Nova Scotia

Opposition politicians unite in calling for laws to limit use of non-disclosure agreements

The 24 people who sit on the opposition side of the Nova Scotia Legislature were united Tuesday, calling on the Houston government to support bills before the house that would ban the use of non-disclosure agreements in cases of sexual assault or harassment.

Premier says his government is reviewing existing legislation to determine the best course of action

Overhead shot of chamber in session
Members of Nova Scotia's legislature are seen on the opening day of the spring sitting in March 2023. (David Laughlin/CBC)

The divide between PC and opposition MLAs in Nova Scotia's legislature was starkly evident Tuesday as Liberal and NDP politicians, as well as the only independent at Province House, urged the Houston government to support bills intended to restrict the use of non-disclosure agreements.

The NDP introduced Bill 144 on April 2, 2022 which would outlaw non-disclosure agreements in cases of sexual harassment or discrimination.

The MLA for Cumberland North, Elizabeth Smith-McCrossin, introduced a similar bill Tuesday.

Houston refused to support laws

But try as they might to get the government to support those proposed laws, or commit to bringing in a similar government bill, Premier Tim Houston and Minister of Justice Brad Johns have refused to do either.

"We, of course, agree that non-disclosure agreements should not be used as a means to silence victims of sexual assault. Of course we agree with that," said Houston in response to a question from NDP Leader Claudia Chender. 

"I would assure the member that [the issue] is a priority. There is a jurisdictional scan happening. There's research happening. We want to get this right."

Houston also tried to downplay a comment made by Johns suggesting his department had more important issues to deal with than restricting the use of non-disclosure agreements. 

"It's not a priority right now of this government," Johns told reporters last October.

"I think the minister, at the time, was referring to the the slate of legislation that was before the House," said Houston Tuesday. "I myself know sometimes you say something, you know, a little wrong."

Accused of 'foot-dragging'

Liberal Leader Zach Churchill was quick to condemn what he called foot-dragging by the governing PCs.

"This government built their brand on doing more, faster, and yet on this issue they dragged their heels and do nothing," said Churchill. "I really think it's unacceptable.

"I hear no empathy for victims."

A woman with short brown curly hair wears an orange blazer. She is standing in front of a staircase.
Nova Scotia NDP Leader Claudia Chender said non-disclosure agreements protect powerful people. (Pat Callaghan/CBC)

NDP Leader Claudia Chender also seemed frustrated by the government's response.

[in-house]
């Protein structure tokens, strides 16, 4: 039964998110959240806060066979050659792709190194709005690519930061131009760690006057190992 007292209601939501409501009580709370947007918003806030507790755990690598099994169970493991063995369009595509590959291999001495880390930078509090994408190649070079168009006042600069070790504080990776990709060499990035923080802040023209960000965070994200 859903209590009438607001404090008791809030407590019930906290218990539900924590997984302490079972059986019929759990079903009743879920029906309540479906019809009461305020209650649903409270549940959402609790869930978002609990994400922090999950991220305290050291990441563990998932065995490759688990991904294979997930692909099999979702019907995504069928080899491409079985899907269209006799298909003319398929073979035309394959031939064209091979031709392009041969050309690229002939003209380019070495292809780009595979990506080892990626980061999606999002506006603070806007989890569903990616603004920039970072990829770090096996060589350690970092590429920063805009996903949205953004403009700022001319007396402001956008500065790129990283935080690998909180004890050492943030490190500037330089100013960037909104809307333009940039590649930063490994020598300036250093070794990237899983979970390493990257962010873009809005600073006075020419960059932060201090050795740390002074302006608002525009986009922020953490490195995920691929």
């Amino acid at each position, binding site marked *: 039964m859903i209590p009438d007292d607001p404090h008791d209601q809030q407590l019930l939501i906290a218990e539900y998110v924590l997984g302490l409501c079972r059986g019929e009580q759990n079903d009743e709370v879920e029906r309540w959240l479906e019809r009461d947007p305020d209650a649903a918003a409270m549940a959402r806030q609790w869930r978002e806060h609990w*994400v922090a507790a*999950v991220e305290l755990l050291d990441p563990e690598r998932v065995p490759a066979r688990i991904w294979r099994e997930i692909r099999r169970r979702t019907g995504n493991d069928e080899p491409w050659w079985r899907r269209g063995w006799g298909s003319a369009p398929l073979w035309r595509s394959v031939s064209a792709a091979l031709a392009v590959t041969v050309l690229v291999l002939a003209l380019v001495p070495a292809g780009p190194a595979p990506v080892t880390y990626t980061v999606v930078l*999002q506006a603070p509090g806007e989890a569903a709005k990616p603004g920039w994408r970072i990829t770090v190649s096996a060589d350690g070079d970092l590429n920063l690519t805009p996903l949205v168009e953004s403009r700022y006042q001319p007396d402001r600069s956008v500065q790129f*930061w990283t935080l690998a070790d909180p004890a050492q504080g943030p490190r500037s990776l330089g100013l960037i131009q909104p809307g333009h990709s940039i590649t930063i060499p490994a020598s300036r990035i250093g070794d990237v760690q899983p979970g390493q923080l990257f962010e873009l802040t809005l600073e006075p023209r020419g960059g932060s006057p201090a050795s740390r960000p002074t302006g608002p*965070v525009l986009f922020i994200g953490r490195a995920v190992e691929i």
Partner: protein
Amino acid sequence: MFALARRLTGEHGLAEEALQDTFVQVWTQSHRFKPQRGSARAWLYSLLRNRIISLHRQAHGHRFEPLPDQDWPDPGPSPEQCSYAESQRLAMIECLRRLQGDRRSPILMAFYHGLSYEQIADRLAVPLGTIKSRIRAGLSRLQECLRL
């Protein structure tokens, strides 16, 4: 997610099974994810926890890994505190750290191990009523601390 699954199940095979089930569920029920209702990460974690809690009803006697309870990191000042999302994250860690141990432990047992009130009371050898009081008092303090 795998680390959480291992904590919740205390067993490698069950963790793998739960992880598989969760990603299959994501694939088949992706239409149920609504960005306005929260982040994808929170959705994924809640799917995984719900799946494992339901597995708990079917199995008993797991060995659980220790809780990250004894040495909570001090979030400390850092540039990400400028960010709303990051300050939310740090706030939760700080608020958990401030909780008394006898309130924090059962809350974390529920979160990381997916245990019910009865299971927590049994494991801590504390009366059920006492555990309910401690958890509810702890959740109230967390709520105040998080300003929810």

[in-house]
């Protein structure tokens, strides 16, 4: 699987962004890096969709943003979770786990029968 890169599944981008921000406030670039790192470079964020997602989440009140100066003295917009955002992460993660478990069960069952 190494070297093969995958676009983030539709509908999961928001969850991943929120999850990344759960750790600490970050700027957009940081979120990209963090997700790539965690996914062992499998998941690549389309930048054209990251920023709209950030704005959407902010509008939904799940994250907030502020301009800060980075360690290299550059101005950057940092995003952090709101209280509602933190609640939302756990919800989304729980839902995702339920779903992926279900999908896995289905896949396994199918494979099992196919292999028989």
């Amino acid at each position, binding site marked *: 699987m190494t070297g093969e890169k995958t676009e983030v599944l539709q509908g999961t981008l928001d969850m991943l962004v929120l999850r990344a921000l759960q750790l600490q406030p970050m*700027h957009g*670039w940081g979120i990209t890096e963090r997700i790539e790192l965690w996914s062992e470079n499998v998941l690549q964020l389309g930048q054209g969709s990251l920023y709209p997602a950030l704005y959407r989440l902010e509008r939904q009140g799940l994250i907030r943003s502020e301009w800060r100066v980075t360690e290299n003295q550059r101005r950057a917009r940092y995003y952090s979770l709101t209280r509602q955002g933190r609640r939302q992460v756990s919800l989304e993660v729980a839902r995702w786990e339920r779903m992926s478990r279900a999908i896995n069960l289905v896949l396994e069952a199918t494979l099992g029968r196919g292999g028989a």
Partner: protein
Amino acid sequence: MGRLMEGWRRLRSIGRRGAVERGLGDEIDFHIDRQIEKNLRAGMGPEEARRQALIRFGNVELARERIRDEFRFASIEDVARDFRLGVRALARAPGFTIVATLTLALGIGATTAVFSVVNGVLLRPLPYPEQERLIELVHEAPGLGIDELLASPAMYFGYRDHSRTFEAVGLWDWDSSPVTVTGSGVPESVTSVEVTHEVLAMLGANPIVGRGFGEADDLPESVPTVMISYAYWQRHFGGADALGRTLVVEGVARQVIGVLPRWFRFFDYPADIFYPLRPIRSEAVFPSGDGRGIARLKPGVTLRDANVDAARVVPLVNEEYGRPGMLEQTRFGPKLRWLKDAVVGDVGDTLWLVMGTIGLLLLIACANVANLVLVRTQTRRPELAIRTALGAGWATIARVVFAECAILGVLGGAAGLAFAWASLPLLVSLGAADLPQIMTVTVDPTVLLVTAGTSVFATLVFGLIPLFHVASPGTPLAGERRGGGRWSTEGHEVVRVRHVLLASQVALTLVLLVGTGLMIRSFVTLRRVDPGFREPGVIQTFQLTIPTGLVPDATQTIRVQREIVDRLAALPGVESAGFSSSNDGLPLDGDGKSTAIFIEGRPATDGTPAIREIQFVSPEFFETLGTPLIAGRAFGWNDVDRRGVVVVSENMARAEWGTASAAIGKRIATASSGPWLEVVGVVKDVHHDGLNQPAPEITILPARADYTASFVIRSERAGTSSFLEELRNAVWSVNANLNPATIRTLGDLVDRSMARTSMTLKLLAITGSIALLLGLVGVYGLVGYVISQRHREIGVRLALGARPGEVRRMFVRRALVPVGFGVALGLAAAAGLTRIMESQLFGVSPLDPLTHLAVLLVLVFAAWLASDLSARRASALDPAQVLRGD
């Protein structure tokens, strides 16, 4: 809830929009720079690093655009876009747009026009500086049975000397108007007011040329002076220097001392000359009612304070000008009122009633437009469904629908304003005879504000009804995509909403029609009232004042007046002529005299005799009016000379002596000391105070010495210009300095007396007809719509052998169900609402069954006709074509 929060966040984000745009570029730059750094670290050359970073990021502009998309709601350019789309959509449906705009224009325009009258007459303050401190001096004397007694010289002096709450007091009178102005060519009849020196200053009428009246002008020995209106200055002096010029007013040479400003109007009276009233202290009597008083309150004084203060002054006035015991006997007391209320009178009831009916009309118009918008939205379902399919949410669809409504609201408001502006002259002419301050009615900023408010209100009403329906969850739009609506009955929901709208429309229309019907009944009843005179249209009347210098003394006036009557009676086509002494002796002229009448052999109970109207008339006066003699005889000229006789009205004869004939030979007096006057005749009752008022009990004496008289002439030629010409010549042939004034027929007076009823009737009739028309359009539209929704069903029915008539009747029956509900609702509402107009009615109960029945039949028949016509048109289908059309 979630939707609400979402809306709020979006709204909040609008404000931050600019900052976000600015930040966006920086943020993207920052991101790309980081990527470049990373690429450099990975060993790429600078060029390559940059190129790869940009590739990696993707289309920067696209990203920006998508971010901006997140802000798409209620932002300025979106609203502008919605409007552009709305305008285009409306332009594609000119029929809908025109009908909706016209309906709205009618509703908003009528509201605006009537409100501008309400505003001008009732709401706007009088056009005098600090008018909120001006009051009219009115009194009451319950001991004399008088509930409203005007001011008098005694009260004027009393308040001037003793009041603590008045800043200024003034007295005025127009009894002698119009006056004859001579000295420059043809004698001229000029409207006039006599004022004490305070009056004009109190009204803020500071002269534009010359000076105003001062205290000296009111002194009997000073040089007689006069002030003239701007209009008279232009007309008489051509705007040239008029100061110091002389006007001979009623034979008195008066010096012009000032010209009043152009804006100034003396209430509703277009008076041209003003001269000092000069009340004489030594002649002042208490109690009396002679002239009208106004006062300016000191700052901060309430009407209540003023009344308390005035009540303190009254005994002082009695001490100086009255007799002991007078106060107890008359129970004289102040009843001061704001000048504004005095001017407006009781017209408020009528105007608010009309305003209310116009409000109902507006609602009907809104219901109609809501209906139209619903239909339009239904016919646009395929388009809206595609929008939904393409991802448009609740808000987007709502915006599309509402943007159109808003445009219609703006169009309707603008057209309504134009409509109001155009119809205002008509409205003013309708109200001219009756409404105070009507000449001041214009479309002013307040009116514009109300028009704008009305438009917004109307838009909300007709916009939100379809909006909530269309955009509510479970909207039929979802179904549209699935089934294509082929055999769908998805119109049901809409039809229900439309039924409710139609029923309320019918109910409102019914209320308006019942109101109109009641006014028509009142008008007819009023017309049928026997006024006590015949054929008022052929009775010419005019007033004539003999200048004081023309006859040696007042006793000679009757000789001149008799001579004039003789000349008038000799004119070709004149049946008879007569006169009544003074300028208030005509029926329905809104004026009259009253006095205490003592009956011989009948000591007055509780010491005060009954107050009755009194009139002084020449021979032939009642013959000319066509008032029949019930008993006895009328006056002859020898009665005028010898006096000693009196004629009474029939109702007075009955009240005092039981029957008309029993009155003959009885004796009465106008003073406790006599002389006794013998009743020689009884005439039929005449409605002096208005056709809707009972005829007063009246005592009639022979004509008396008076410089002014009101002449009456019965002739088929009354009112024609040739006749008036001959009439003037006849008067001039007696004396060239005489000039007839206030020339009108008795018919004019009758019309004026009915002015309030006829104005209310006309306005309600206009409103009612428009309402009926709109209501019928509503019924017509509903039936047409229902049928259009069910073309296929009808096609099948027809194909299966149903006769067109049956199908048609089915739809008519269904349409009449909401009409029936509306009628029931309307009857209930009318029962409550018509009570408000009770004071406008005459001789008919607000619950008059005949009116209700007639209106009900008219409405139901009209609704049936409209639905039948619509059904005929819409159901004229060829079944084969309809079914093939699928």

"These agreements protect people who are powerful, they protect people who are wealthy and they protect the status quo," said Chender.

"We all know that the status quo has a strong sway in this building and in the decisions that are made, and I think that the Premier has gotten advice that there are people who would not like the status quo to change."

P.E.I. became the first province in Canada to limit the use of non-disclosure clauses in settlement agreements when  new legislation took effect in May 2022.

Groups weigh in

Liz LeClair was similarly unimpressed. She is with Can't Buy my Silence, a group devoted to getting laws passed restricting when NDAs can be used.

She refused to sign an NDA after she accused her employer of not acting when she was harassed on the job. 

She was at Province House Tuesday to support the NDP's proposed law and to call out the minister responsible for the Advisory Council on the Status of Woman Act.

A woman with shoulder length hair wearing black pants and a black and white top stands in a hallway near a staircase.
Liz LeClair is with Can’t Buy my Silence, a group that is seeking to ban the misuse of non-disclosure agreements. (Jean Laroche/CBC)

"I sat down back when Houston government was first elected with Karla McFarlane and her team," said LeClair. "I was assured by Karla and her team that they thought that this was a great bill.

"They wanted to bring it forward. It was brought to the cabinet table and I was informed at that table that they were told that it was not going to proceed."

Kristina Fifield, trauma therapist with Avalon Sexual Assault Centre, said by their nature, it's impossible to track the use of non-disclosure agreements in sexual assault cases, but based on her work it was "happening a lot."

A woman wearing a black jacket stands in front of a door.
Kristina Fifield is a trauma therapist with the Avalon Sexual Assault Centre. (Jean Laroche/CBC)

She said given recent events like the Hockey Canada scandal which show the potential harm of NDAs, the government needs to "sit right now" and reflect on its actions. 

"Their lack of action is creating a situation where there's a continuation of violence happening in our province."

"If our province and our leaders are truly committed to addressing and dealing with gender-based violence, forms of violence, discrimination and harassment, this [NDP] bill needs to move forward to keep everyone safe."



Jean Laroche


Jean Laroche has been a CBC reporter since 1987. He's been covering Nova Scotia politics since 1995 and has been at Province House longer than any sitting member.